A Just Barrier? | All of Deutsche Welle′s social media channels at a glance | DW | 23.09.2004
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A Just Barrier?

German Interior Minister Otto Schily recently said the controversial Israeli security barrier is effective because it has led to a drop in attacks on Israel. DW-WORLD readers comment on the issue.


Separated by barbed wire

Israel is obligated both morally and ethically to finish building this fence. Any barrier that has shown itself capable of preventing deaths -- on both sides -- must be applauded and encouraged by all people who value human life. German Interior Minister Otto Schily is absolutely correct in asserting that the greatest threat to peace today is not Israel -- as a recent European poll suggested, but rather Islamic militancy. By not supporting the erection of this barrier, the World Court has become an accessory to terrorism by enabling terrorism to succeed. Only when Islamic terrorists are seriously curtailed in their plans to destroy the possibility of peace, only then can serious negotiations between Israel and the Palestinians take place. -- Marilyn Abramovitz

Israel's security barrier is justified. Over 95 percent of the barrier is a fence (I was recently there -- I saw it), and can be moved after any kind of a peace agreement determining the borders of a future two-state solution is reached. In the meantime, suicide bombers must be stopped. If the suicide bombers were not engaged in their terrorism, there would be no need for a security fence. Israel has tried for years to deal with the terrorism before constructing this barrier which appears to be working. Don't forget, that Israel was willing to end the "occupation" in 2000 under then (Israeli Premier Ehud) Barak and former (US President Bill) Clinton, but (Palestinian leader Yasser) Arafat walked out of the negotiations. -- Mayra Lichter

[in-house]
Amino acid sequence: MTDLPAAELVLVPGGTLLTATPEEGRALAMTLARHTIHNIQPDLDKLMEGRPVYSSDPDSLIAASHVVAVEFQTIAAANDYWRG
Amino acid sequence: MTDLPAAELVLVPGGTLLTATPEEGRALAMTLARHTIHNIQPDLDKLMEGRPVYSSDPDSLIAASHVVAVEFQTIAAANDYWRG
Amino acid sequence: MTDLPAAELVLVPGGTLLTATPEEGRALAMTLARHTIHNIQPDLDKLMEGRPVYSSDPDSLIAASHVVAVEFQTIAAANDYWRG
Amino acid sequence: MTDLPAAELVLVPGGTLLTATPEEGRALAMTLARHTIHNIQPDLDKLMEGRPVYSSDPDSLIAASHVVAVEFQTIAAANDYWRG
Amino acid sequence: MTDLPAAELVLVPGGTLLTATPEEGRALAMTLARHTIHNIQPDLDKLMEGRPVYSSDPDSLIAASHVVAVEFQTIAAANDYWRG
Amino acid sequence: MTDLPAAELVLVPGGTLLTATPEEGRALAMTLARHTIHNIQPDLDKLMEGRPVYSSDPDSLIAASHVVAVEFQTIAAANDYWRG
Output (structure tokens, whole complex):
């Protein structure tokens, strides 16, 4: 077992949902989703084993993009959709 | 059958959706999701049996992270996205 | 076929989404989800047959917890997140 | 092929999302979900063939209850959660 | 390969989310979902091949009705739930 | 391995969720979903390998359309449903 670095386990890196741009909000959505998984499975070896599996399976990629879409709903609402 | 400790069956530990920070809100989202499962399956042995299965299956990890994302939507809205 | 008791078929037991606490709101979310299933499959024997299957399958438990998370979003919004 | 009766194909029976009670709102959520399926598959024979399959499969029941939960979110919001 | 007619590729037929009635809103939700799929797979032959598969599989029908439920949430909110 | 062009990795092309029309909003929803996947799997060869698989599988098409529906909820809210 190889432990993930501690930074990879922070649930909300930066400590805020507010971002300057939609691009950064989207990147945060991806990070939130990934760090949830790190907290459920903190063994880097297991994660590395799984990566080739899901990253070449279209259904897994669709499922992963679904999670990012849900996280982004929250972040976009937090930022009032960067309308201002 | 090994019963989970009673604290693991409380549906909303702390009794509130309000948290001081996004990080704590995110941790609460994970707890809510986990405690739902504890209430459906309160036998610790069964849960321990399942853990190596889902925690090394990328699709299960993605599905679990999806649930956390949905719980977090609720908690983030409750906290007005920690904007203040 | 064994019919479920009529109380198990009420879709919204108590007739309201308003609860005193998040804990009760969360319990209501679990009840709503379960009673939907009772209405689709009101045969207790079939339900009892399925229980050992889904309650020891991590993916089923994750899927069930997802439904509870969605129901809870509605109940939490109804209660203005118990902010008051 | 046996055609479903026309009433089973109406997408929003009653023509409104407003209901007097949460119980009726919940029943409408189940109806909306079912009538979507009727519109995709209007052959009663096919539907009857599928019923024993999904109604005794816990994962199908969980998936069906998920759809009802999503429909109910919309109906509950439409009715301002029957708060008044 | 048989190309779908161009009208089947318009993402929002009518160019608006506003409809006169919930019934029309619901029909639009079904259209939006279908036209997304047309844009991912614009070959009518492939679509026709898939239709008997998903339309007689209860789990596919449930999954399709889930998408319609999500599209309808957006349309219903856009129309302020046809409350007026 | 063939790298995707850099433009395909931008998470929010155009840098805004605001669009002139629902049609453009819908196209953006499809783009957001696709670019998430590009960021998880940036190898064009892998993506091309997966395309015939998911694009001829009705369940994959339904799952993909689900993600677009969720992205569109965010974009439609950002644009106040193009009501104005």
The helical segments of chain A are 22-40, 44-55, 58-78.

Israel's fence is necessary to protect its citizens from the bestial murderers of innocent children and adults. When Arafat and his thugs decide to join the human race there will be no reason for the security fence. -- Allen S. Kaplan, USA and Germany

Israel's fence is more than justified. It is obligatory. As long as a nation's first duty to its citizens is to protect their lives, no nation can stand idly by as men, women and children are murdered. The fence is not about land or boundaries. It is about murder, and the Palestinians are in it up to their collective necks. The refusal of the EU to accept this fact, and to deny to Israel the right of self-defense accorded every other nation clearly calls the EU's bona fides into severe doubt and strongly suggests an invidious motivation. -- Alan B. Katz